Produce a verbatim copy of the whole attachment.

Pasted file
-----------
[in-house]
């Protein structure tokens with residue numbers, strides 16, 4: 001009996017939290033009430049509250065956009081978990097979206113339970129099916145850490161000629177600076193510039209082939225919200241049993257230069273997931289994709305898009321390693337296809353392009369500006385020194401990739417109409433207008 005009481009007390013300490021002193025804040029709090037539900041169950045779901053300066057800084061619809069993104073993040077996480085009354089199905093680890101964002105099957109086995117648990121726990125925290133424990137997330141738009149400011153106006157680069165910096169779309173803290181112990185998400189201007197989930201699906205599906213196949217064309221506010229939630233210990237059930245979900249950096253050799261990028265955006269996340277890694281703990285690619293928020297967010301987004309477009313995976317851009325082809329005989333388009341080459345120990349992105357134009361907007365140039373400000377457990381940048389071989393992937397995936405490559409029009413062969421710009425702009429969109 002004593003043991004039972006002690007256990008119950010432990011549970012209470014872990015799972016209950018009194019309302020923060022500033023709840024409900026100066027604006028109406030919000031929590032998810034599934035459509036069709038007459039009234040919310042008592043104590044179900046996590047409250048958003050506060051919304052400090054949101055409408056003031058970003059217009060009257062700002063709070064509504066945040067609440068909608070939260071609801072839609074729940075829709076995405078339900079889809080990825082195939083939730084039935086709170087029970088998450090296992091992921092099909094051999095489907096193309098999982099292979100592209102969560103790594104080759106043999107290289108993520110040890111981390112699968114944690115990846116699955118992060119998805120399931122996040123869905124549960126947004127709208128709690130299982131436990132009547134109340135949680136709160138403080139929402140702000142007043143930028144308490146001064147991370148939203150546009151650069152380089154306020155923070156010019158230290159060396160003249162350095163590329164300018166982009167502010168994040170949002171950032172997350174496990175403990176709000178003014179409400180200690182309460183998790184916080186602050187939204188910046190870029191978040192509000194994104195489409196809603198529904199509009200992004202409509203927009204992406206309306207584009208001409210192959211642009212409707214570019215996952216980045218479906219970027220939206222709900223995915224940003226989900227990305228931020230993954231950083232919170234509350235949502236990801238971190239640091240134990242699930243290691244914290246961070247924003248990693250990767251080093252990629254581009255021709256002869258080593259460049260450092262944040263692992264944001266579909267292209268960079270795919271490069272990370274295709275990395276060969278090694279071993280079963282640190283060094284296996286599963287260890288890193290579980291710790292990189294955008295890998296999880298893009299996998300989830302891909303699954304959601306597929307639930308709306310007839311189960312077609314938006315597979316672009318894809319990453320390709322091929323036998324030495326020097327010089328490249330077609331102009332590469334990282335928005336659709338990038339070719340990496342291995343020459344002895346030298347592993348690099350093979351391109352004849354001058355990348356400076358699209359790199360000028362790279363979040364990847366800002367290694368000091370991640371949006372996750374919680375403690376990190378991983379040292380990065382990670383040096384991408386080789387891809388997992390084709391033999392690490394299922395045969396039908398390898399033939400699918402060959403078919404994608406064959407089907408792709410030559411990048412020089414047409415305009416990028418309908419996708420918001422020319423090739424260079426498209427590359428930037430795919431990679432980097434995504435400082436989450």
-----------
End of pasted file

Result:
[in-house]
């Protein structure tokens with residue numbers, strides 16, 4: 001009996017939290033009430049509250065956009081978990097979206113339970129099916145850490161000629177600076193510039209082939225919200241049993257230069273997931289994709305898009321390693337296809353392009369500006385020194401990739417109409433207008 005009481009007390013300490021002193025804040029709090037539900041169950045779901053300066057800084061619809069993104073993040077996480085009354089199905093680890101964002105099957109086995117648990121726990125925290133424990137997330141738009149400011153106006157680069165910096169779309173803290181112990185998400189201007197989930201699906205599906213196949217064309221506010229939630233210990237059930245979900249950096253050799261990028265955006269996340277890694281703990285690619293928020297967010301987004309477009313995976317851009325082809329005989333388009341080459345120990349992105357134009361907007365140039373400000377457990381940048389071989393992937397995936405490559409029009413062969421710009425702009429969109 002004593003043991004039972006002690007256990008119950010432990011549970012209470014872990015799972016209950018009194019309302020923060022500033023709840024409900026100066027604006028109406030919000031929590032998810034599934035459509036069709038007459039009234040919310042008592043104590044179900046996590047409250048958003050506060051919304052400090054949101055409408056003031058970003059217009060009257062700002063709070064509504066945040067609440068909608070939260071609801072839609074729940075829709076995405078339900079889809080990825082195939083939730084039935086709170087029970088998450090296992091992921092099909094051999095489907096193309098999982099292979100592209102969560103790594104080759106043999107290289108993520110040890111981390112699968114944690115990846116699955118992060119998805120399931122996040123869905124549960126947004127709208128709690130299982131436990132009547134109340135949680136709160138403080139929402140702000142007043143930028144308490146001064147991370148939203150546009151650069152380089154306020155923070156010019158230290159060396160003249162350095163590329164300018166982009167502010168994040170949002171950032172997350174496990175403990176709000178003014179409400180200690182309460183998790184916080186602050187939204188910046190870029191978040192509000194994104195489409196809603198529904199509009200992004202409509203927009204992406206309306207584009208001409210192959211642009212409707214570019215996952216980045218479906219970027220939206222709900223995915224940003226989900227990305228931020230993954231950083232919170234509350235949502236990801238971190239640091240134990242699930243290691244914290246961070247924003248990693250990767251080093252990629254581009255021709256002869258080593259460049260450092262944040263692992264944001266579909267292209268960079270795919271490069272990370274295709275990395276060969278090694279071993280079963282640190283060094284296996286599963287260890288890193290579980291710790292990189294955008295890998296999880298893009299996998300989830302891909303699954304959601306597929307639930308709306310007839311189960312077609314938006315597979316672009318894809319990453320390709322091929323036998324030495326020097327010089328490249330077609331102009332590469334990282335928005336659709338990038339070719340990496342291995343020459344002895346030298347592993348690099350093979351391109352004849354001058355990348356400076358699209359790199360000028362790279363979040364990847366800002367290694368000091370991640371949006372996750374919680375403690376990190378991983379040292380990065382990670383040096384991408386080789387891809388997992390084709391033999392690490394299922395045969396039908398390898399033939400699918402060959403078919404994608406064959407089907408792709410030559411990048412020089414047409415305009416990028418309908419996708420918001422020319423090739424260079426498209427590359428930037430795919431990679432980097434995504435400082436989450």